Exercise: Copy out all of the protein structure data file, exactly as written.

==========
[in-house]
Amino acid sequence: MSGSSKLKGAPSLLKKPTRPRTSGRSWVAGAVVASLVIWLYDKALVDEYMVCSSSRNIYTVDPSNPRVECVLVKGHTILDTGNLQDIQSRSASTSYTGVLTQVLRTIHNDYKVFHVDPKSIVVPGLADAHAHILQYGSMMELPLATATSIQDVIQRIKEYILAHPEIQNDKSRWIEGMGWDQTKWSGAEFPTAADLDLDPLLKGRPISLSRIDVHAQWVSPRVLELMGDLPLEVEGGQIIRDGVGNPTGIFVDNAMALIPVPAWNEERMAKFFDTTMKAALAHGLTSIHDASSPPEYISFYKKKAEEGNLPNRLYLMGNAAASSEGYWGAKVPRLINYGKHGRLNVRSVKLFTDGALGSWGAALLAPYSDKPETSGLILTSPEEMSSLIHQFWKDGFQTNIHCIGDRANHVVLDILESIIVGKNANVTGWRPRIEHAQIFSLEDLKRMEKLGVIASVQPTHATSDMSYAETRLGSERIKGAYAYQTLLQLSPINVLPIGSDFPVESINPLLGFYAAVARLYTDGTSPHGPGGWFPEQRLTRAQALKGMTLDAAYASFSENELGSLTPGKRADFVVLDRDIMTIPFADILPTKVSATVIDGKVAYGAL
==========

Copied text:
[in-house]
Amino acid sequence: MSGSSKLKGAPSLLKKPTRPRTSGRSWVAGAVVASLVIWLYDKALVDEYMVCSSSRNIYTVDPSNPRVECVLVKGHTILDTGNLQDIQSRSASTSYTGVLTQVLRTIHNDYKVFHVDPKSIVVPGLADAHAHILQYGSMMELPLATATSIQDVIQRIKEYILAHPEIQNDKSRWIEGMGWDQTKWSGAEFPTAADLDLDPLLKGRPISLSRIDVHAQWVSPRVLELMGDLPLEVEGGQIIRDGVGNPTGIFVDNAMALIPVPAWNEERMAKFFDTTMKAALAHGLTSIHDASSPPEYISFYKKKAEEGNLPNRLYLMGNAAASSEGYWGAKVPRLINYGKHGRLNVRSVKLFTDGALGSWGAALLAPYSDKPETSGLILTSPEEMSSLIHQFWKDGFQTNIHCIGDRANHVVLDILESIIVGKNANVTGWRPRIEHAQIFSLEDLKRMEKLGVIASVQPTHATSDMSYAETRLGSERIKGAYAYQTLLQLSPINVLPIGSDFPVESINPLLGFYAAVARLYTDGTSPHGPGGWFPEQRLTRAQALKGMTLDAAYASFSENELGSLTPGKRADFVVLDRDIMTIPFADILPTKVSATVIDGKVAYGAL